The Mountain Laurel Designs Bug Bivy is an all mesh bug bivy with a 3″ bathtub floor. It has two ridgeline tie-out to connect it to a tarp as well as corner stake out points. Access is through the top via a zippered door on the ridgeline. The 30d silnylon floor has a hydrostatic head of 4000 mm. A second model, the Bug Bivy 2, is also available with a 5″ deep bathtub floor if you prefer more wind, splashback, or insect protection. Read our MLD Bug Bivy review.

Check for the latest price at:
Mountain Laurel Designs

6. Yama Mountain Gear Bug Bivy

Yama Mountain Gear Bug Bivy
The Yama Mountain Gear Bug Bivy is a simple bug bivy with a mesh canopy and bathtub floor that is suspended from your tarp shelter and can be staked out. It’s available in two different sizes that have a 4″ or 6″ deep bathtub floor made with PU-coated siliconized polyester. You also have the option to position the zipper enter horizontally so you can crawl in the front end or climb in from above through the center ridgeline.

Check for the latest price at:
Yama Mountain Gear

7. Six Moon Designs Serenity Net Tent

Six Moons serenity Net tent
The Six Moons Serenity Net Tent is can be set up by itself with trekking poles, hung from a rafter in a lean-to, or underneath a wide variety of tarps. It has a peak height of 45″ with plenty of headroom so you can sit up inside or change clothes. The head and foot ends are 8″ high to help keep the netting off your head and feet, while a 3″ bathtub floor keeps you dry. The tent has corner stake out loops and a large side door for easy access.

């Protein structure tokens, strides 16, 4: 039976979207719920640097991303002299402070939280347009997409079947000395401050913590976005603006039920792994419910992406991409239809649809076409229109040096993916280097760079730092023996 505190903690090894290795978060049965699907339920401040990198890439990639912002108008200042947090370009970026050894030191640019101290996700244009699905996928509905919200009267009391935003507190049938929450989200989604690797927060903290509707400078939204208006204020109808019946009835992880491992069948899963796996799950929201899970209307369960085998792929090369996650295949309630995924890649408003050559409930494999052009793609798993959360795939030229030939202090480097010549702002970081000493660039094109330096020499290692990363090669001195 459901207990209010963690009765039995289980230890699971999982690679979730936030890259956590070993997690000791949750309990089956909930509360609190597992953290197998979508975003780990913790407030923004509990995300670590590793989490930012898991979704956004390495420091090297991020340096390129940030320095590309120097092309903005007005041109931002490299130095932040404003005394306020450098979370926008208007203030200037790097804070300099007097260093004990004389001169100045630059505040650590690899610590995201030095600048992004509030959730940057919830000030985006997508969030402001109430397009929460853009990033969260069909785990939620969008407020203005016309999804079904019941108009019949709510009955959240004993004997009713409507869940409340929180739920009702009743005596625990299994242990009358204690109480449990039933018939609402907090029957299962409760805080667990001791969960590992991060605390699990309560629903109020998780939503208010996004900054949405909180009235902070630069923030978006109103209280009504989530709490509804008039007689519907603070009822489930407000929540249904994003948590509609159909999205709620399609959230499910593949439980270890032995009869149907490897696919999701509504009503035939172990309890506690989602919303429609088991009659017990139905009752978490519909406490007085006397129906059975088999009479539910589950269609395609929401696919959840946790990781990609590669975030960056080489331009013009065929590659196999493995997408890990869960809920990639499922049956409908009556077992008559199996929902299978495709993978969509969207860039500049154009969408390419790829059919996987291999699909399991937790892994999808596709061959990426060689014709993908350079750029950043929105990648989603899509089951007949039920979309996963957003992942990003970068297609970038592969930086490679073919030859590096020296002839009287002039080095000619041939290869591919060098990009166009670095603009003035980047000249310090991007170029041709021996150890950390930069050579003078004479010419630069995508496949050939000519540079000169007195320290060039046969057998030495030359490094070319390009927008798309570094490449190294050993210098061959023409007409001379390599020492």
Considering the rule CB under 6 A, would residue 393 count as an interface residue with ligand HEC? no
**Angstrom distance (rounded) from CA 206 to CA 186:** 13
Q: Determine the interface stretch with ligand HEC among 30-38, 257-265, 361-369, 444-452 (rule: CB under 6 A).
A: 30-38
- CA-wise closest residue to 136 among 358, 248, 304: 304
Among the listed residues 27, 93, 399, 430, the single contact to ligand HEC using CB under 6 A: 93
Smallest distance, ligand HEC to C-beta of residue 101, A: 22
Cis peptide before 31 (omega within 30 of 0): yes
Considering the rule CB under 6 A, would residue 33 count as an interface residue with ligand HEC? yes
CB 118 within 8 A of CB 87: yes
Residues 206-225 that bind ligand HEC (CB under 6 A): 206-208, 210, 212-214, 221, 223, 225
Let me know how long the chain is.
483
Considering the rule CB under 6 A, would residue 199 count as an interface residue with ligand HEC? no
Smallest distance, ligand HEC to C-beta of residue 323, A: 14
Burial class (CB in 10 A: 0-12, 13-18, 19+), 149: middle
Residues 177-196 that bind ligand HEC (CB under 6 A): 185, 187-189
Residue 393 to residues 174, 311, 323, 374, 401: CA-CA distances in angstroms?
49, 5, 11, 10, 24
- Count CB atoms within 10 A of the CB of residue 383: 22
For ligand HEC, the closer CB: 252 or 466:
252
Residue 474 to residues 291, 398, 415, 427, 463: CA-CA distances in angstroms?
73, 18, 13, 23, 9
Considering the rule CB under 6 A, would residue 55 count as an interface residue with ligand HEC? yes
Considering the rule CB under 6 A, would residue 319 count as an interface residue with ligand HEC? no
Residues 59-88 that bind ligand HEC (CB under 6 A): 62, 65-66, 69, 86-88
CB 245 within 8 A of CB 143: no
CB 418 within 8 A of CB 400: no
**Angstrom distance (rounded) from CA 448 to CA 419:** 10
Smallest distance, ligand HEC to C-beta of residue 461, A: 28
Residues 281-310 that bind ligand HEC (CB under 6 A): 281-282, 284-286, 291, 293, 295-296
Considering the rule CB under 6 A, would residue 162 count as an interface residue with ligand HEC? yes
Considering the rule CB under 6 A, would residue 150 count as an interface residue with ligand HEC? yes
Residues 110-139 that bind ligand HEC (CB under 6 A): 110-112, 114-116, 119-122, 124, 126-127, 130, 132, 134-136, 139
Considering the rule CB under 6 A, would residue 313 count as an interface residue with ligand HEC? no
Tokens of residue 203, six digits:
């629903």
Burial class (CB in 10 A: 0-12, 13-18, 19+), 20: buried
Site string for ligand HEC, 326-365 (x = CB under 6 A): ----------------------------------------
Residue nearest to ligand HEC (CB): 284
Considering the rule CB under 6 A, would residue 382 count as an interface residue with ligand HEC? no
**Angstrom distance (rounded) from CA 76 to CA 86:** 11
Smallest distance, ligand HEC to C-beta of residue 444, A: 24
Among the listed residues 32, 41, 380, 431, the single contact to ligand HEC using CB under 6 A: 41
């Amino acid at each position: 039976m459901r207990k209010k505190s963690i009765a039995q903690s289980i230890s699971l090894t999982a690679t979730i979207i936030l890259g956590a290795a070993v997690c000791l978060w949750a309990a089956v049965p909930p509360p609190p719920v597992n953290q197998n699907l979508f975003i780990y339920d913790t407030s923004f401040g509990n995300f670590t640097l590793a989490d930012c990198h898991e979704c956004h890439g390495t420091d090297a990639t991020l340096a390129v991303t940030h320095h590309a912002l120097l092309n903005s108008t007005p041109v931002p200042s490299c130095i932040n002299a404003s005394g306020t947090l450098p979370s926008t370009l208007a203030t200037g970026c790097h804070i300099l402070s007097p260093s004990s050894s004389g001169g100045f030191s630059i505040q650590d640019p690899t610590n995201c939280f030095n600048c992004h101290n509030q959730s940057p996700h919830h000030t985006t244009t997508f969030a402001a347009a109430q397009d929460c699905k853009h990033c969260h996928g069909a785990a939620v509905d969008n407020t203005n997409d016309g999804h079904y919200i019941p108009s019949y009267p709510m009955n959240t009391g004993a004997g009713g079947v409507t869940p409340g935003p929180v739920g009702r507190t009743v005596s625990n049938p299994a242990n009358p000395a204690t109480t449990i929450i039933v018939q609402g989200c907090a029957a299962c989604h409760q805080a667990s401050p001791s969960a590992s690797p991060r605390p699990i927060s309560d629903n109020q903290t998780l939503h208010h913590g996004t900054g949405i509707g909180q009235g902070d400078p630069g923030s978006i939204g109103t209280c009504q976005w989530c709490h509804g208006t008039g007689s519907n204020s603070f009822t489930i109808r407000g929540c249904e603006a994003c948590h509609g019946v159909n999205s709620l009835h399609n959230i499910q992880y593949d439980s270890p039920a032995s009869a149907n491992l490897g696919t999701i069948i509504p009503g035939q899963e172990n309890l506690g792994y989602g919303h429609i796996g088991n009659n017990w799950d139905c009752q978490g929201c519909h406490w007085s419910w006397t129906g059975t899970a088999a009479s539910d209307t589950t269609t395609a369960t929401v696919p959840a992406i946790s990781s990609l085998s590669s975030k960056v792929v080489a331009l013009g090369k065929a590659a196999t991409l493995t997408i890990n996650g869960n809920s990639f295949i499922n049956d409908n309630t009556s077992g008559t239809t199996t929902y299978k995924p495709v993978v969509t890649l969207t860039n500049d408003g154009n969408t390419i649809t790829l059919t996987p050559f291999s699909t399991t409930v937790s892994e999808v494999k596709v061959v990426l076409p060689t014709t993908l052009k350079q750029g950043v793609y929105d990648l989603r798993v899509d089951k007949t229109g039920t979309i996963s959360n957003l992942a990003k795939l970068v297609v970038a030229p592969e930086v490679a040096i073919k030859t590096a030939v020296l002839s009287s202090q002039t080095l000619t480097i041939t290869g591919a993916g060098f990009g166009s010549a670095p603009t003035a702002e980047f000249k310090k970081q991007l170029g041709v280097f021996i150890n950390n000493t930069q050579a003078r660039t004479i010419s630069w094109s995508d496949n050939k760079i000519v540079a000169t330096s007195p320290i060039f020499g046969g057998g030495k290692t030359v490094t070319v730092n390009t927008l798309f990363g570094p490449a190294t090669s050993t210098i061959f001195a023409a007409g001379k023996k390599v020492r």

Check for the latest price at:
Six Moon Designs

8. Outdoor Research Bug Bivy

Outdoor Research Bug Bivy
The Outdoor Research Bug Bivy is a 16 oz bivy sack with a waterproof floor that works well under an A-frame tarp pitch. A short fiberglass pole holds the mesh away from your face, keeping the bugs at a distance, while the front zipper opening seals out mosquitoes and other small insects. A waterproof floor keeps the moist ground from soaking through your bag. Stake loops around the perimeter let you secure the bivy to the ground while internal sleeping pad straps help keep your sleep system from shifting at night.